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Members of a House committee this week blasted Abbott Nutrition for safety lapses at its Michigan infant formula plant and demanded U.S. Food and Drug Administration (FDA) officials explain why it took four months to warn consumers about formula that didn’t meet safety standards.

During a House Energy and Commerce subcommittee hearing Wednesday, panel members criticized FDA officials and formula makers for failings that led to the recent nationwide shortage of infant formula.

“We expect answers from FDA, Abbott, and the other two leading formula manufacturers on why caregivers are scrambling to find the necessary nutrition for their babies and children,” Subcommittee Chair Diana DeGette said.

“Babies’ lives are at stake, and this committee, Congress, and the American people demand answers and solutions,” said Committee Chairman Frank Pallone, Jr., at the hearing.

‘We are reliant on too few companies’

The FDA representatives and committee members agreed too few companies dominate the infant formula market.

Pallone said:

“The impact from just one infant formula plant closing in the United States shows the power one single manufacturer has to influence the nation’s supply of formula when just three companies control roughly 95 percent of the market.

“We are too reliant on too few companies to do the right thing—and when just one of those companies cuts corners, we spiral into an emergency. There needs to be more competition, so that these few manufacturers don’t have a monopoly.”

In a joint statement to the committee, FDA representatives Dr. Robert M. Califf, Frank Yiannas and Susan Mayne concurred:

“The wide-reaching impacts of a recall from a single infant formula manufacturing facility underscore the risks and vulnerabilities in the supply chain when production is consolidated among few major manufacturers.”

The Abbott Nutrition plant in Sturgis, Michigan, was shut down on Feb. 17 after four infants became ill from bacterial infection and two died after consuming formula produced in the plant.

Abbott representatives on Tuesday said they expect to restart the plant June 4 and begin shipping new formula to stores about three weeks later.

Califf, commissioner of food and drugs at the FDA, testified at the hearing that FDA inspectors found “egregiously unsanitary” conditions at the plant. In the January inspection, FDA investigators found the presence of Cronobacter bacteria, faulty equipment and unsafe practices that could lead to bacterial contamination.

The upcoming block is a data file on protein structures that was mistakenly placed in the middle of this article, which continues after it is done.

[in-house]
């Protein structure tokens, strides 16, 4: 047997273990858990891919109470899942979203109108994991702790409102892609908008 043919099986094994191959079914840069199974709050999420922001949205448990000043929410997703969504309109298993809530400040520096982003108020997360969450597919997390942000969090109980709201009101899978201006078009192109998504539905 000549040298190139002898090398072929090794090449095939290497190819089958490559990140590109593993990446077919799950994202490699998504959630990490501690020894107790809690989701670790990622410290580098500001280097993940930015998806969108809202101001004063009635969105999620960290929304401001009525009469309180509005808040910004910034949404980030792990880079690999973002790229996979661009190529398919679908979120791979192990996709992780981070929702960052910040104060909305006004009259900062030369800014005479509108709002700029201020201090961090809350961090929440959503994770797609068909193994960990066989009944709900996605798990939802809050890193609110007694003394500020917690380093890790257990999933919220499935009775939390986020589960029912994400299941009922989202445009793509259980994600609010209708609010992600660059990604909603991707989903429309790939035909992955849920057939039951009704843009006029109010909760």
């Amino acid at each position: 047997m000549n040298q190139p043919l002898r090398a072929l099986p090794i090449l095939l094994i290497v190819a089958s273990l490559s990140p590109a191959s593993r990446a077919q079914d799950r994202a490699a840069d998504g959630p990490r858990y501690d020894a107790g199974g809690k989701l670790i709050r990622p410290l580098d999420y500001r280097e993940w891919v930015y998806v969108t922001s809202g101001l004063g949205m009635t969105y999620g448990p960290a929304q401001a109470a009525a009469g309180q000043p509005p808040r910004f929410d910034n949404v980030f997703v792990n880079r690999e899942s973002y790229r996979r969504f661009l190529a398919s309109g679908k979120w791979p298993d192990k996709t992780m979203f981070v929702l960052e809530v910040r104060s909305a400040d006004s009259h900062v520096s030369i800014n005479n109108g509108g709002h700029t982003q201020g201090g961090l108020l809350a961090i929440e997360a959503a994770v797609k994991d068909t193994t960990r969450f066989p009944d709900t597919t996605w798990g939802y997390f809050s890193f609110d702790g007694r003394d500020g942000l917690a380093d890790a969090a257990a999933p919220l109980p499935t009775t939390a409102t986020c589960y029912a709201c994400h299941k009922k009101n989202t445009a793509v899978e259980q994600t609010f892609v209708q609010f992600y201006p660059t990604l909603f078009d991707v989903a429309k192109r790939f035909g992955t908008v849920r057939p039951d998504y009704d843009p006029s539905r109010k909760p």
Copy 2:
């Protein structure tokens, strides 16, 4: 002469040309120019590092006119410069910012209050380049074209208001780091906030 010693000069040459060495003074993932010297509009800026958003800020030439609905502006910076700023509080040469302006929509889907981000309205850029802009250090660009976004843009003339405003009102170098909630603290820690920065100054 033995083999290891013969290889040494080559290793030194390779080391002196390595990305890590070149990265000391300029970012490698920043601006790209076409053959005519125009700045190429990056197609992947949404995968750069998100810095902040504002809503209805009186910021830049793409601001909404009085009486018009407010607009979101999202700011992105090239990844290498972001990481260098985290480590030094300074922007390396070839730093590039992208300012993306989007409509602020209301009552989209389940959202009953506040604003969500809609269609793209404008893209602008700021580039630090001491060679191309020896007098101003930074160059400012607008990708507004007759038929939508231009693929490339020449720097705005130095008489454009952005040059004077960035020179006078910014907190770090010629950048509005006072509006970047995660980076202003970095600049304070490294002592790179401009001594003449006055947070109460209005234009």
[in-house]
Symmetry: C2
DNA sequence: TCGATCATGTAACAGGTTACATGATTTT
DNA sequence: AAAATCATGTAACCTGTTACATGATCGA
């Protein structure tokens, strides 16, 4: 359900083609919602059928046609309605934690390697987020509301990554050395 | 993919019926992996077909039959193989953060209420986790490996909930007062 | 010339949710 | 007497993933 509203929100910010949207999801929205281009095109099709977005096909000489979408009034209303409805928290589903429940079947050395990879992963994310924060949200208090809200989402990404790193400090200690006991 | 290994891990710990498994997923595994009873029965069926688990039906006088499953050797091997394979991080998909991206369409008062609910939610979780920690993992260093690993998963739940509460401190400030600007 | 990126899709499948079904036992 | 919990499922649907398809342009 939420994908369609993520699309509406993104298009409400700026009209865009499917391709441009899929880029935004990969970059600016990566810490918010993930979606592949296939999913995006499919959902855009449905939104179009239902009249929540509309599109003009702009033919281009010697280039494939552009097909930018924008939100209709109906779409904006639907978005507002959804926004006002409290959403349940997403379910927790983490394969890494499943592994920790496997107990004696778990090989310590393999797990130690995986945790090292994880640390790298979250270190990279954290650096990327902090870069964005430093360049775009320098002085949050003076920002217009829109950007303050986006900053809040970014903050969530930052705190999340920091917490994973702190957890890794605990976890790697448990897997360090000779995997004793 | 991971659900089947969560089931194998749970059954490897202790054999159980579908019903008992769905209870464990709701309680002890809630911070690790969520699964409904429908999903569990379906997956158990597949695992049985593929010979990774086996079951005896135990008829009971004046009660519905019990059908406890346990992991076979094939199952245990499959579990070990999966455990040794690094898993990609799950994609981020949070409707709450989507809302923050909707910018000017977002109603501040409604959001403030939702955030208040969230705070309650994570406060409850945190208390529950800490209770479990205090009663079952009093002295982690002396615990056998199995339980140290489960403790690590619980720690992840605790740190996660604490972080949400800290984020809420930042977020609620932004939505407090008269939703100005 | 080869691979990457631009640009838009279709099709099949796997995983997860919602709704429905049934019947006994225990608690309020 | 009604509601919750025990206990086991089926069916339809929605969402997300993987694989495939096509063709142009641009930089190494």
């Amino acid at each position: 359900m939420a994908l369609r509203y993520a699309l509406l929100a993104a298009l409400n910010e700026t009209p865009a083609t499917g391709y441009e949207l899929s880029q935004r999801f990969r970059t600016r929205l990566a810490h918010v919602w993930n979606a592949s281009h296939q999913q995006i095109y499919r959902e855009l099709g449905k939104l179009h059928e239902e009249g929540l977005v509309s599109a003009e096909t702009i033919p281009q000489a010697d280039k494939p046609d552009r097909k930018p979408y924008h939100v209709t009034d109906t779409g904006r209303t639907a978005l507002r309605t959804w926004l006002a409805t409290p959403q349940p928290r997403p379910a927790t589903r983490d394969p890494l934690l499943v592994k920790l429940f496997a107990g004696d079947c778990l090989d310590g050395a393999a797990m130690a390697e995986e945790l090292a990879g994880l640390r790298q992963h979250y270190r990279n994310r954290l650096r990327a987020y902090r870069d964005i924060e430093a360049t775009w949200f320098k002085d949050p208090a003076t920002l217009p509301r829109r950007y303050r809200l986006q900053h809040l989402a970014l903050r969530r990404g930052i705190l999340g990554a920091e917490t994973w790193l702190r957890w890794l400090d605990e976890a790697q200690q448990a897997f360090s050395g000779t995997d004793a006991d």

Abbott Nutrition, which manufactures Similac, is the food-sector branch of the medical device and healthcare corporation Abbott Laboratories.

Abbott, along with Reckitt (which owns Mead-Johnson and manufactures Enfamil) and Gerber (a Nestlé subsidiary that manufactures Good Start) hold approximately 95% of the domestic market for infant formula, noted Chairman Pallone, citing Reuters and The New York Times.

“Let’s be clear: Abbott is not blameless,” Subcommittee Chair Diana DeGette said in her opening remarks.

“The company appears to have neglected essential manufacturing and cleaning processes that are in place to guarantee the safety and reliability of products intended for our most vulnerable population.”

But, she added, “​​One company alone does not bear the entire burden for landing us in this the current crisis.”

Gerber executive Scott Fitz testified that Gerber, which controls 8.1% of the market, increased the availability of its formula in the market by roughly 50% in March and April. Its factories are running at full capacity around the clock, he said.

Robert Cleveland of Reckitt testified that in response to the Abbott shutdown, his company has supplied 30% more formula so far this year as compared to this time last year by stepping up production and simplifying its supply chain.

FDA also to blame, say Congress members

“I’m pretty furious about the FDA’s lack of food safety leadership, communication and action,” Rep. Janice D. Schakowsky (D-Ill.), said at the hearing, The Washington Post reported. “Food safety for decades has been a real problem.”

Califf admitted the FDA took too long — four months — to respond to a whistleblower’s report of unsanitary conditions at the Abbott plant.

“FDA leadership did not receive direct copies of the complaint due to an isolated failure in FDA’s mailroom, likely due to COVID-19 staffing issues,” his written statement said.

“Some decisions in retrospect were not optimal,” he said at the hearing, according to The Washington Post.

The FDA statement recognized baby formula is a product crucial to public health. “While infant formulas — and particularly specialty and metabolic formulas — are regulated by FDA as food, they are in many ways comparable to life-saving medications,” it said.

The FDA officials suggested any future baby formula shortages should be “viewed through the lens” of how the FDA addresses drug shortage monitoring, and that the agency should work closely with its “medical product centers.”

DeGette told the committee:

“The bottom line is that FDA needs the resources to make sure that the ‘Food’ part of the ‘Food and Drug Administration’ is not an after-thought. Just as FDA works to ensure that life-saving medicines are safe and effective, the agency must have the resources to ensure that the food Americans consume is safe and reliable.”

Watch the hearing here: